Cast: Maria Ruanova, Yurek Shabelevsky, Jorge Tomin, 15 women, 7 men

The company will rehearse and perform these works at the following dates and locations:

• REHEARSAL—Florida State University, Tallahassee, FL: Mon., Jan. 29 – Sat., Feb.10
• PERFORMANCE—Thomasville, GA: Fri., Feb. 9 at 7:30pm (includes Divertimento Brilliante)
• REHEARSAL—American Dance Institute, Rockville, MD: Mon., Feb. 12 – Sat., Feb. 24
• PERFORMANCE—The Kennedy Center’s Millennium Stage: Fri., Feb. 23 at 6:00pm
• PERFORMANCES—Kennedy Center: June 6-10, 2007 (includes Divertimento Brilliante and pas de deux from Concierto di Mozart)

The 2007 Balanchine Preservation Initiative is made possible by the E.L. Wiegand Foundation, Reno, Nevada.

The American Dance Institute in Rockville, Maryland, is generously providing rehearsal space for the Balanchine Preservation Initiative.

For more information about The Suzanne Farrell Ballet, visit www.kennedy-center.org/programs/ballet/farrell

Project works subject to change without notice.

#5 Leigh Witchel

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Posted 09 February 2007 - 11:51 AM

Wasn't the full Concierto de Mozart revived about 20 years ago by Roman Jasinski and Moscelyne Larkin at Tulsa Ballet as "Mozart Violin Concerto?"

#6 Ray

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Posted 09 February 2007 - 12:10 PM

And I never knew that Pithoprakta was part of a longer work, Metastaseis and Pithoprakta. In my ignorance, I guess I imagined the words indicated names, like Tristan and Isolde or Abelard and Heloise, so I thought it was one work (and took nerdy pride at learning to pronounce it, along with Davidsbundlertanze).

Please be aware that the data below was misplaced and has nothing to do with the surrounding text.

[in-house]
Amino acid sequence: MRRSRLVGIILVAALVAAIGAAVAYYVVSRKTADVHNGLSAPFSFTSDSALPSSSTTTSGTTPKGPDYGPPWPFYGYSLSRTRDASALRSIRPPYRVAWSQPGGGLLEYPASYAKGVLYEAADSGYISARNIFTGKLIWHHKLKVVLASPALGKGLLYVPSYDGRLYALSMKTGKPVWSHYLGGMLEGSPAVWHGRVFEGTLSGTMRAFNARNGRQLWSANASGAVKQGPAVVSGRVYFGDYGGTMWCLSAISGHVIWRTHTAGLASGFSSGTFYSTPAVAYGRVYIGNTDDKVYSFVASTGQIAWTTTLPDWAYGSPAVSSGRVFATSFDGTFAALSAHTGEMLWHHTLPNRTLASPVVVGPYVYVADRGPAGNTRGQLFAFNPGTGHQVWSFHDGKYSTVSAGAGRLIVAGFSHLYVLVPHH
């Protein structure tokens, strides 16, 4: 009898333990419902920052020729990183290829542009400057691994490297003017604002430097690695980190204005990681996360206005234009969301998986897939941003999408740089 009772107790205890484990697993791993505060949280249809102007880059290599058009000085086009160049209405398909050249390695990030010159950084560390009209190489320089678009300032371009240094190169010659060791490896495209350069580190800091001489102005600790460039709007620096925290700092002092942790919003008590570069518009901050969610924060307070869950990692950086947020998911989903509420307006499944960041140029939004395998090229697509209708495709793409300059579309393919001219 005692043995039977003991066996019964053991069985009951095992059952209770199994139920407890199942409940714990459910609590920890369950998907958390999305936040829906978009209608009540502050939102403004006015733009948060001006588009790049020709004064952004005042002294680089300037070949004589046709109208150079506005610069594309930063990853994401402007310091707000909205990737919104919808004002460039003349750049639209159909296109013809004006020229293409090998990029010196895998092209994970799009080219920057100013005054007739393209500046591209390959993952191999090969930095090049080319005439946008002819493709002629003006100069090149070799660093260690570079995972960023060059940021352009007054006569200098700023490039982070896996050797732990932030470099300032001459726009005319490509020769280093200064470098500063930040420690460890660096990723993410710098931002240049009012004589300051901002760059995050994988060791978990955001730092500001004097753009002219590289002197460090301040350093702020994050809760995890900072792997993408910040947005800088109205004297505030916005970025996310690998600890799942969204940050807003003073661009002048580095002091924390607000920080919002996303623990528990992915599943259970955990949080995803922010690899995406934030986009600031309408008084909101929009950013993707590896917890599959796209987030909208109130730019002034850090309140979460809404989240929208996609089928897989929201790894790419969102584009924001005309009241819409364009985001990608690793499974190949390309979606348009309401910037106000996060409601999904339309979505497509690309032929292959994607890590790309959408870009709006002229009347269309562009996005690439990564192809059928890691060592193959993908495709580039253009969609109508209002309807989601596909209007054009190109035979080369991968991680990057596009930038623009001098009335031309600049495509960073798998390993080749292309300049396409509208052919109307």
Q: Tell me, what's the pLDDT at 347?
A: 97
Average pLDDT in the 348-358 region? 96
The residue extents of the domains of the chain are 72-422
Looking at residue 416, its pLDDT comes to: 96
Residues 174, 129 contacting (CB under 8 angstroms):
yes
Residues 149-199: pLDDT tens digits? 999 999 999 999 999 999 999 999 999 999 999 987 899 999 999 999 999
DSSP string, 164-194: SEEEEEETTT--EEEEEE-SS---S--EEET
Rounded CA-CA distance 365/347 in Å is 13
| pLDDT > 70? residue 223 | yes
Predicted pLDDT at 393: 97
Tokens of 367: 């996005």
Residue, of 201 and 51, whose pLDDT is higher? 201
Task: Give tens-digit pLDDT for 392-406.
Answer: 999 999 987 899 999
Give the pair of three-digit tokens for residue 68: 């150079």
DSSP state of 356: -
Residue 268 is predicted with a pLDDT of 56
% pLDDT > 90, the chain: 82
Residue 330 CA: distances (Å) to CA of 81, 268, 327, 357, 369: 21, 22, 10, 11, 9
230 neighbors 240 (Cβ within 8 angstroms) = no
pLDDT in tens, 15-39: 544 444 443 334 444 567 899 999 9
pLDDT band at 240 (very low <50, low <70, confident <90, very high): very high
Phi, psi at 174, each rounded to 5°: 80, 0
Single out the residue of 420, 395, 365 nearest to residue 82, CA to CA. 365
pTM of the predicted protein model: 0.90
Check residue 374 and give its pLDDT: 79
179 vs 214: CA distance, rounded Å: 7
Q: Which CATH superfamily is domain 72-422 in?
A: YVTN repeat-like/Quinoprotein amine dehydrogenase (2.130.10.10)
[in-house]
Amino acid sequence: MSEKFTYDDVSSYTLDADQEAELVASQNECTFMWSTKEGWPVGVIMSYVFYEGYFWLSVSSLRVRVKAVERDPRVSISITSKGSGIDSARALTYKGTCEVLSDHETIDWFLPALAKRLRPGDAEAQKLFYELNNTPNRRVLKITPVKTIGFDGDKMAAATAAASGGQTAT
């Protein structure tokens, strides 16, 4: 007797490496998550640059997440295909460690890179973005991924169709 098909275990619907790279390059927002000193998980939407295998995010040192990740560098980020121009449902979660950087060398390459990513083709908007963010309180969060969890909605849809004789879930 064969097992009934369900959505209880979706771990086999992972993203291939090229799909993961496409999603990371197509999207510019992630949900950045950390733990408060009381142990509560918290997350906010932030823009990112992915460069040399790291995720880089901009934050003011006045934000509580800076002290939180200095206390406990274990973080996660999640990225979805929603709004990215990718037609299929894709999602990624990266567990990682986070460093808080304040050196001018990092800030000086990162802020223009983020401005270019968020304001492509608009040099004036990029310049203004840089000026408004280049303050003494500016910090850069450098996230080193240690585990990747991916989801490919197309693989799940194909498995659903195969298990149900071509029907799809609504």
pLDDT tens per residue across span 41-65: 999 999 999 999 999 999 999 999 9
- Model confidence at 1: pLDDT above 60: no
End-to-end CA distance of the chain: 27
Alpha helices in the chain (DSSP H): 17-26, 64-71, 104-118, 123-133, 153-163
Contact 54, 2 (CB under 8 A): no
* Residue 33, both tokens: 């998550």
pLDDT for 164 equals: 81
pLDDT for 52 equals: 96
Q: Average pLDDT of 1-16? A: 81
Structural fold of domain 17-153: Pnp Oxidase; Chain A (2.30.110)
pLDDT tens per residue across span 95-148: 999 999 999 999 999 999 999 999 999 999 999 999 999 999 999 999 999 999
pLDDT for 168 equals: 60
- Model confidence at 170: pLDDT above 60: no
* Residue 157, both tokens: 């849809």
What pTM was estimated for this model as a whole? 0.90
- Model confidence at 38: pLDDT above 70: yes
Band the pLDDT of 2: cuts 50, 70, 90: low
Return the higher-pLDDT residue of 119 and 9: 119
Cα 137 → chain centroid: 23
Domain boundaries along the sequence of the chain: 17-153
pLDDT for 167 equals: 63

How great that SFB is reviving it.

#7 Dale

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Posted 09 February 2007 - 12:26 PM

Wasn't the full Concierto de Mozart revived about 20 years ago by Roman Jasinski and Moscelyne Larkin at Tulsa Ballet as "Mozart Violin Concerto?"


Yes, but it hasn't been performed in a very long time. It was revived at about the same time (1988 or so) as the Joffrey's Cotillon and I always felt was rather silly to put so much effort in the reconstructions only to have them go another 20 years without performances.

On the same note, Miami City Ballet has performed the Divert. Brillante but not in a bit, as well. I applaud the Farrell Ballet in these efforts.

#8 Leigh Witchel

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Posted 09 February 2007 - 01:11 PM

Definitely - there's no point in reviving or reconstructing a work if it isn't performed so good for them. I'm just not sure why it's a rescue effort rather than a repertory one, but that probably sounds less sexy.

[EDITED TO ADD] - Looks like I'm confusing the Balanchine Rescue Project with what's here - a Preservation Initiative, which is a very accurate description. My mistake!

#9 carbro

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Posted 09 February 2007 - 01:16 PM

I think it's thrilling. :yahoo: Sorry that New York is not on the tour schedule. :wink:

I infer from the press release (thank you, Dale!) that these preservation projects are not being done in conjunction with the Balanchine Foundation. If that's true, it's a shame. It would be great for posterity (and the present) to have a single, authoritative repository.